In addition to recognizing society's inconsistent attitudes towards Britain's colonies, The Sign of Four provides further insight into late nineteenth-century imperial attitudes by outlining the ways in which British society attempted to reconcile these contradictory beliefs. Through The Sign of Four, Doyle suggests that a reaffirmation of the internal security of Britain would dispel popular fears of foreign incursion and would endorse societal attraction to the colonies. Nineteenth-century British society, fearful of foreign encroachment due to the Indian Mutiny, needed to be convinced that British colonial possessions were not jeopardizing the safety of native British citizens before they could continue displaying unanimous popular enthusiasm for Empire [1].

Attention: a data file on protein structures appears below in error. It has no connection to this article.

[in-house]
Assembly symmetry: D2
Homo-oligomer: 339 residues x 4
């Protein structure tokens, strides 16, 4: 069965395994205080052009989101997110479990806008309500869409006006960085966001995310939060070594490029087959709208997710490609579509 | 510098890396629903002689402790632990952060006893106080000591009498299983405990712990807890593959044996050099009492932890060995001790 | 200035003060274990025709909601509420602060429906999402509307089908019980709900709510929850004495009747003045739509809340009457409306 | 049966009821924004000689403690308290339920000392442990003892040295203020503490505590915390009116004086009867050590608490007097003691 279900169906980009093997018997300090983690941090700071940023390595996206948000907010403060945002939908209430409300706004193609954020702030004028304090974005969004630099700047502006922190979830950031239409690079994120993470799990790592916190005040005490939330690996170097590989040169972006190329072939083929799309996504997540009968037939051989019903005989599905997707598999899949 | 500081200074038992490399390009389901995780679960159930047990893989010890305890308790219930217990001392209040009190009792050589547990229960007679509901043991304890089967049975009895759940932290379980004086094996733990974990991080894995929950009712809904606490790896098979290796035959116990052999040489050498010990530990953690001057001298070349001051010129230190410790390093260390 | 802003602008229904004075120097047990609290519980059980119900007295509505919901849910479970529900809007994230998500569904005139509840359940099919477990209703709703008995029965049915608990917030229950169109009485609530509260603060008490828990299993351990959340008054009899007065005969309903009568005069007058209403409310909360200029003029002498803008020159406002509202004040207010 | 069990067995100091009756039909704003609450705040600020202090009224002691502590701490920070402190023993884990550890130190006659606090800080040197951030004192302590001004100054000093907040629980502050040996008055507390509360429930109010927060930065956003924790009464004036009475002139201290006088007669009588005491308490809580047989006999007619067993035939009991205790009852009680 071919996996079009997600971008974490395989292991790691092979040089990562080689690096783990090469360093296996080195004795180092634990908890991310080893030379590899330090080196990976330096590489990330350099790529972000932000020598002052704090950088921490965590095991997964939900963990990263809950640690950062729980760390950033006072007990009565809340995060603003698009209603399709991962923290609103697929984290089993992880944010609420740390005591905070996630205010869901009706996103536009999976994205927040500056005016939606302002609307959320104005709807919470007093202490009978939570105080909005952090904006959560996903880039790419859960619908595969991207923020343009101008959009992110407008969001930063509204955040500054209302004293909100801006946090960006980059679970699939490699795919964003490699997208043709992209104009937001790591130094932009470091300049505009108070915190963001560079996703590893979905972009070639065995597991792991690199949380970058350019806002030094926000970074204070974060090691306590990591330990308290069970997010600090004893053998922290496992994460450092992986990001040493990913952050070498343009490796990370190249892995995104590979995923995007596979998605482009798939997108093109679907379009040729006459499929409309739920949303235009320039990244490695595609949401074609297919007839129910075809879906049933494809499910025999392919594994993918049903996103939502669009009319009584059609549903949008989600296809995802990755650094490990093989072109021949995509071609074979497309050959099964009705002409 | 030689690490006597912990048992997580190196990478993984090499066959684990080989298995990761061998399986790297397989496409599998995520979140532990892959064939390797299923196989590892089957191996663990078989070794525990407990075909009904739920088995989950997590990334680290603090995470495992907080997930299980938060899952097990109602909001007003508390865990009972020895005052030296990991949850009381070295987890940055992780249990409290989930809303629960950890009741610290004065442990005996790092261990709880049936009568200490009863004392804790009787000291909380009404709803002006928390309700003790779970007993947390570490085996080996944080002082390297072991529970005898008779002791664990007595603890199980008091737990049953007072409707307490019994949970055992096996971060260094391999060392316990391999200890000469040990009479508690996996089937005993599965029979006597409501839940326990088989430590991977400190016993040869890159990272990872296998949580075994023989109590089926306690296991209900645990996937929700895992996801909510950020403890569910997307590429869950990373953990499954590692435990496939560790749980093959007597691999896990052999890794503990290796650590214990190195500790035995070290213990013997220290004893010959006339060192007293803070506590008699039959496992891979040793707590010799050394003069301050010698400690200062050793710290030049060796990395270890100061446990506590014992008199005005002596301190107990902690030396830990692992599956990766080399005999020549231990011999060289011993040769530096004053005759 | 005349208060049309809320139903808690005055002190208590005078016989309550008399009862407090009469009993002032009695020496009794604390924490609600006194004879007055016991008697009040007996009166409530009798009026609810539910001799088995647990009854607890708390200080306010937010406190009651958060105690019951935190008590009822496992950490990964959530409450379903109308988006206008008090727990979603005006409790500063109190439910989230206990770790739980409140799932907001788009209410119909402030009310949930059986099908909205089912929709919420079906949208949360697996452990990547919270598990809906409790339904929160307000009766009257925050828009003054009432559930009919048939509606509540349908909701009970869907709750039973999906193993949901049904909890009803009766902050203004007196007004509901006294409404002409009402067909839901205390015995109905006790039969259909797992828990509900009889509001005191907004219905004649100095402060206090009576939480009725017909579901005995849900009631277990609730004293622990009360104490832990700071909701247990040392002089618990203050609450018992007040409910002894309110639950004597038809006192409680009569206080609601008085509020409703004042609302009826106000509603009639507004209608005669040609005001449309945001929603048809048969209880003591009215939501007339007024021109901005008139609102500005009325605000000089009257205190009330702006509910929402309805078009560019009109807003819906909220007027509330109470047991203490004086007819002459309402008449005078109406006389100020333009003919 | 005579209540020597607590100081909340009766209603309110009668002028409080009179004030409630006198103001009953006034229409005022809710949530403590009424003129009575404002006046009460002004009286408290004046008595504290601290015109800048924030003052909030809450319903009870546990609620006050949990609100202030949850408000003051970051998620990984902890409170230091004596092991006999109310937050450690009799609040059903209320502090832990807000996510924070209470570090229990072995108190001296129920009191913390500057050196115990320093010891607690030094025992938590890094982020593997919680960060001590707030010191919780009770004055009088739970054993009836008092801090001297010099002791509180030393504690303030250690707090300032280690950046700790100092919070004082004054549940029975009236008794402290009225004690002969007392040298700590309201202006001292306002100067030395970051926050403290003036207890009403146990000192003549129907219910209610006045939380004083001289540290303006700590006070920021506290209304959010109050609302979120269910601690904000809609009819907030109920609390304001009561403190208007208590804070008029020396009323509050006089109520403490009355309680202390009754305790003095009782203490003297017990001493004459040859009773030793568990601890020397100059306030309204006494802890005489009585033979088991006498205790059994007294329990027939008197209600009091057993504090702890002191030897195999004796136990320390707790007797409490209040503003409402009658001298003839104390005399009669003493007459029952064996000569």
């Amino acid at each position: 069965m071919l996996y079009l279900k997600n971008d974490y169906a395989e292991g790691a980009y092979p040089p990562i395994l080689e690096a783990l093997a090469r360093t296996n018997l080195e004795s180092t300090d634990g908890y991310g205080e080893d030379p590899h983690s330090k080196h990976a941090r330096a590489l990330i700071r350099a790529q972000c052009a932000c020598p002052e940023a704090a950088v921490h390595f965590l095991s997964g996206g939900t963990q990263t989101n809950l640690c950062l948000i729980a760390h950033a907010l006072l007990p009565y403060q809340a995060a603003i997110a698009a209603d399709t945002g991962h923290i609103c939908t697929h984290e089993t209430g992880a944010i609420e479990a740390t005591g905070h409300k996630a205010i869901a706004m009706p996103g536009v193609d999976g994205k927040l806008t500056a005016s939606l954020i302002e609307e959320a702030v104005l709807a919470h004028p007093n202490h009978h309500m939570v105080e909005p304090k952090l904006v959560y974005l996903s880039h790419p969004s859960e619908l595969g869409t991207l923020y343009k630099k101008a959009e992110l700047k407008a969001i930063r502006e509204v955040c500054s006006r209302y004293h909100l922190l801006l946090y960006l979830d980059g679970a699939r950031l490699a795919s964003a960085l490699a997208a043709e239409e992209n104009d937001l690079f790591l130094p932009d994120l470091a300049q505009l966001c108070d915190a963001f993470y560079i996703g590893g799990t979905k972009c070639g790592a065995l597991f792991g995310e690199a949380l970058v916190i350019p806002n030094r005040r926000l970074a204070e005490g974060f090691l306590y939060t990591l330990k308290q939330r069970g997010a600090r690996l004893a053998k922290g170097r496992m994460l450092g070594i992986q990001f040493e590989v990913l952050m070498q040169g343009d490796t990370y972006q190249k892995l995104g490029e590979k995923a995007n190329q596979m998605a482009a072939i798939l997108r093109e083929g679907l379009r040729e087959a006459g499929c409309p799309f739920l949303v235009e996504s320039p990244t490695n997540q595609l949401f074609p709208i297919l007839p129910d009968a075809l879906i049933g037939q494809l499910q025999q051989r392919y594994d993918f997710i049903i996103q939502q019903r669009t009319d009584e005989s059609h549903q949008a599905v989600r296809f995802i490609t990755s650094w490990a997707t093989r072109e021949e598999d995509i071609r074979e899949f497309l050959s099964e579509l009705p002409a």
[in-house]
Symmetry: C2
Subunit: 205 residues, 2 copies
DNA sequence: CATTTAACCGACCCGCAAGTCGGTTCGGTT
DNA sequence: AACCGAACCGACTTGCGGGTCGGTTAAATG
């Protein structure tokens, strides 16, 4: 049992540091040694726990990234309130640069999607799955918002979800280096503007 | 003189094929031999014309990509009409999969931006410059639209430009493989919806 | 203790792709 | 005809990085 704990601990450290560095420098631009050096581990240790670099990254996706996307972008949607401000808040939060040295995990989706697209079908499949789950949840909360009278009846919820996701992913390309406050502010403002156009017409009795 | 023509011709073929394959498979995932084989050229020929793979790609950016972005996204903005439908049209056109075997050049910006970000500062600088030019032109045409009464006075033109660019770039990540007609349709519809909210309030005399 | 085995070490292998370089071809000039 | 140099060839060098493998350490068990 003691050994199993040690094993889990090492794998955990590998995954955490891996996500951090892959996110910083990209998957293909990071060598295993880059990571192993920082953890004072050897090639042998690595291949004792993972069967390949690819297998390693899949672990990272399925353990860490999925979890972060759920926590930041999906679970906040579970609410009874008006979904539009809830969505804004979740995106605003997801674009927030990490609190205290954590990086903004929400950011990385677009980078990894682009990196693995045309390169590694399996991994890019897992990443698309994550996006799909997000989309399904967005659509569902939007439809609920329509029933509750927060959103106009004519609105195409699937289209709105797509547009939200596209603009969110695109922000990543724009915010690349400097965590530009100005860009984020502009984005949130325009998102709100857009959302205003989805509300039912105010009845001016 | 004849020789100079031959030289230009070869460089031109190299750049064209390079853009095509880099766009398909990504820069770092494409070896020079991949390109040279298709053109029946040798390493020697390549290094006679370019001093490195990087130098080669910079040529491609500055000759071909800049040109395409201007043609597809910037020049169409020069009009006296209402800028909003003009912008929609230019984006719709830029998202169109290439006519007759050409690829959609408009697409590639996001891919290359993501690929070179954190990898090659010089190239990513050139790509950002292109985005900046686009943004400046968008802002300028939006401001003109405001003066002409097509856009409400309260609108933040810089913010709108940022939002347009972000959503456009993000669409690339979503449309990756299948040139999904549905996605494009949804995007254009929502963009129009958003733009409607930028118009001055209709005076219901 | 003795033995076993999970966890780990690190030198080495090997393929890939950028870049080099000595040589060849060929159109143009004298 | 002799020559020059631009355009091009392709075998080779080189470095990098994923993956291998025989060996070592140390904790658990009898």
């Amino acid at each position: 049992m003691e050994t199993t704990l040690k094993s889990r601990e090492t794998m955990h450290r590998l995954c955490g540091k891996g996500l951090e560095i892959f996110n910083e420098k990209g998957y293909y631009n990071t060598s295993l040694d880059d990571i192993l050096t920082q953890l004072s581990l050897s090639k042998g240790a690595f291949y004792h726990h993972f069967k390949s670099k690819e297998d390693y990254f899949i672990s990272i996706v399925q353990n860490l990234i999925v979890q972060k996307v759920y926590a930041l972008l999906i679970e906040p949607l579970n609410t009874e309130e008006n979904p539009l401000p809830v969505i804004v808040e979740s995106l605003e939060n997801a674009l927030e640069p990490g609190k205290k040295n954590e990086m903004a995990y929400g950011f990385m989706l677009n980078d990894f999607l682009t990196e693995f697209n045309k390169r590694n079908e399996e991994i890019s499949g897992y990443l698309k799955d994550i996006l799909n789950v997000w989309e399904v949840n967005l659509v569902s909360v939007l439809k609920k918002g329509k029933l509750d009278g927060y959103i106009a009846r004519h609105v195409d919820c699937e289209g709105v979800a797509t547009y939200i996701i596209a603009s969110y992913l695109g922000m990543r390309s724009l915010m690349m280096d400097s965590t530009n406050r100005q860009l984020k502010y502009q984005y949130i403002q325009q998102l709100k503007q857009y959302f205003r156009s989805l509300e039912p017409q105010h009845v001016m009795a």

The Sign of Four symbolically represents this widespread societal fear of homeland safety through presenting a situation in which a foreign intruder is indeed threatening the internal security of Britain. Appealing to the fears of his audience, Doyle's decision to place the colonial figures of Tonga and Small within British society addresses the popular fear that the pursuit of colonial enterprise will blur the boundaries between Britain and Empire and will initiate potentially dangerous interactions between the enlightened British, and the violent colonials [8]. While creating a scenario that would undoubtedly arouse anxieties in his nineteenth-century readership, Doyle offers consolation in the character of Sherlock Holmes. Sherlock Holmes, an unofficial representative of British law enforcement, maintains the safety of the British public as he takes pride in identifying and expelling dangerous colonial figures from Britain.